LONDON, United Kingdom — We live in the “Era of Outrage”. It’s fashion week, so now is about the time that scores of impassioned Twitter tirades and countless articles on the topic of cultural appropriation flood the internet. However, these have often obscured what exactly cultural appropriation is, and it seems only the loudest and angriest voices get heard. For better or for worse, cultural appropriation has been in the spotlight in recent years. However, many experts agree that the spotlight is on the wrong issue. Antonia Opiah, founder of Un-Ruly, a platform that celebrates the beauty of black women, says that angry tweets “don’t do a lot to address the larger issue.” So what is the greater problem, and how can we tackle it?
The primary concern with instances of cultural appropriation in fashion is that it propagates structural imbalances in society. Put simply: when a white designer takes a symbol, pattern, motif, or style from a minority culture that has historically been oppressed by Western imperialism, it adds insult to injury. It effectively says, “We can take your culture and use it for our own commercial gain, without giving due credit or profit to you.” If this were done on an even playing field, where minority groups had an equal social standing to Caucasians, it would not be an issue. However, since it is enacted within a history of plundering and murder by imperialists, cultural appropriation becomes yet another act of injustice where white Westerners take what is not theirs for their own gain. As Jessica Andrews, digital fashion editor at Teen Vogue, states, “When brands culturally appropriate while discriminating against people of colour, it sends the message that your hairstyles or your style of dress is acceptable, but your bodies and lives are not.”
Beyond the obvious social offenses, cultural appropriation also affects business. “Woke” members of the millennial and Gen-Z generations will call out or boycott brands they have come to disrespect due to acts of cultural appropriation.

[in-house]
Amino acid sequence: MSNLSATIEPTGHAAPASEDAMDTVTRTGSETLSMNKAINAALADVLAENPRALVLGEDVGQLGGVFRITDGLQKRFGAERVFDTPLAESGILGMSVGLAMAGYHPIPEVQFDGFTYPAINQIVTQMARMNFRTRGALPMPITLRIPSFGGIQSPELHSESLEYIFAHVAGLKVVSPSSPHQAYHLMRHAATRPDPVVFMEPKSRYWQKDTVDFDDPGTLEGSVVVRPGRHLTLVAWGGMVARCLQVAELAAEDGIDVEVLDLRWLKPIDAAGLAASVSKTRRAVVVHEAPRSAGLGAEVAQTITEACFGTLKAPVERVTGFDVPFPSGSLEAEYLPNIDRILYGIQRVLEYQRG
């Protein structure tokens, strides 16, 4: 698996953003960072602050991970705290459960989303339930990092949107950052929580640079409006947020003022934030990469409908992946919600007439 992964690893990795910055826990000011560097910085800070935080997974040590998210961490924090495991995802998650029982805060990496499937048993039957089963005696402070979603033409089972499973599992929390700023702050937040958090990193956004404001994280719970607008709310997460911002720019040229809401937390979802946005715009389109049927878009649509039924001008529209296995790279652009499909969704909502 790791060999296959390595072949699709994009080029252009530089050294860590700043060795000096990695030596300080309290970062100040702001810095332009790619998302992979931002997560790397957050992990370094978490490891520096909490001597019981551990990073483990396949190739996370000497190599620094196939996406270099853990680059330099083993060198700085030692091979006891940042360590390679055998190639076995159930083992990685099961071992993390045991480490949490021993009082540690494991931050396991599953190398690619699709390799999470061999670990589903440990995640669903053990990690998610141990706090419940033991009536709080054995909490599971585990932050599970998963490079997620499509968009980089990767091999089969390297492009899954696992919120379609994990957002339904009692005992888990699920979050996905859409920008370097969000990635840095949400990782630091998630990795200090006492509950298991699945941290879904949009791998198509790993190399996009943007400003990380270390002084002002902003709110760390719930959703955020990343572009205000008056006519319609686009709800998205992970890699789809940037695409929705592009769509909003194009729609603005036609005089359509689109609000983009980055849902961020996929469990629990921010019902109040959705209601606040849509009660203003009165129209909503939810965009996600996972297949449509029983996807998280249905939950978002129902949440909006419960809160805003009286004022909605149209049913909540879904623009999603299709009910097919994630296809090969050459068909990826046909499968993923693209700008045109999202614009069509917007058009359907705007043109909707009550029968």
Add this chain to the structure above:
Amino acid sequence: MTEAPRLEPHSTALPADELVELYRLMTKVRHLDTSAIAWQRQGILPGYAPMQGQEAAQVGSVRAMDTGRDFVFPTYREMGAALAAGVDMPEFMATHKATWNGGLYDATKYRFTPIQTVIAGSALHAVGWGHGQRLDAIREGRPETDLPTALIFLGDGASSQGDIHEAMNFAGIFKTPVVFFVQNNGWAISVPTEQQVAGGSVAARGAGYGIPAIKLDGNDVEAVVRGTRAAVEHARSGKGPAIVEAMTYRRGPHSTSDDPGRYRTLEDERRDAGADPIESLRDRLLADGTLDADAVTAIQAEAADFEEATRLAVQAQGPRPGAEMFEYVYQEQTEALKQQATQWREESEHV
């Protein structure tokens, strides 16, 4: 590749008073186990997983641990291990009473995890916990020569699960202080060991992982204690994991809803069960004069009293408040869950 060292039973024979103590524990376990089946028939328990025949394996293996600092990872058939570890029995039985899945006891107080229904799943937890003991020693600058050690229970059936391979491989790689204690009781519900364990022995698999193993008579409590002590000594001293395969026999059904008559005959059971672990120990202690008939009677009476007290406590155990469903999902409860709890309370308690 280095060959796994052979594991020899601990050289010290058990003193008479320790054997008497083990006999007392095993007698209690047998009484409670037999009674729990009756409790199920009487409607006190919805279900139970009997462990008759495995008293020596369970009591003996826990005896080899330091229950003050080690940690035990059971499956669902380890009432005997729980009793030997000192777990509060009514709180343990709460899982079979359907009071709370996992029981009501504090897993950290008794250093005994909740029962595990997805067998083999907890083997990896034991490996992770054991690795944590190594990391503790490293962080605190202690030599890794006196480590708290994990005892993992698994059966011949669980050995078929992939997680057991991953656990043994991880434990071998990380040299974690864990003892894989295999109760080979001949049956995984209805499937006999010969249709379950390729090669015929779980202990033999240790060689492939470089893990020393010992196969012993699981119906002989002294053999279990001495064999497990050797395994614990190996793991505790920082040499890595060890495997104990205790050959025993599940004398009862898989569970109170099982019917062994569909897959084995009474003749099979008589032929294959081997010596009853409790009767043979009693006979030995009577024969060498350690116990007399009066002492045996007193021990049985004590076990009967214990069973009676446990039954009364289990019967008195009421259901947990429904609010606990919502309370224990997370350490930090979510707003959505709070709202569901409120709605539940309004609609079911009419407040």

“[The younger generation] is thoughtful about their purchases, and they want to spend with fashion brands that are inclusive when it comes to casting models and hiring staff — fashion brands that make a concerted effort to respect cultures other than their own,” Andrews continues. “With this new generation, we’re seeing a change across the industry. Now representation matters, equal pay matters, a brand’s take on political and social issues matters.”
Indeed, think of Vogue endorsing Hillary Clinton for president, or how Everlane launched its “100% Human” collection to support ACLU, Equality Now, and the Human Rights Campaign. Brands are becoming increasingly transparent, and are unafraid to voice their political opinions. Now that millennials have become the largest demographic in the workforce, it is important to note that this is the popular turn brands are taking.
With this new generation... representation matters, equal pay matters, a brand’s take on political and social issues matters.
Although various publications and websites are talking more about cultural appropriation and diversification in the fashion industry, as the VOICES 2016 talk with Joan Smalls and Hari Nef revealed, these concerns are not being remedied. Brands are proving slow to understand why cultural appropriation is such a big deal. Robbie Sinclair, womenswear editor at WGSN says: “There is a very blurred, grey area of understanding about … cultural appropriation. That’s what brands struggle to get their head around.” Designers and CEOs need to do their research, read about cultural appropriation, discover what the real issue is (continual structural imbalance) and understand that their younger audience deeply cares about such issues. However, in order to truly move past the problem, we must put our money where our mouth is.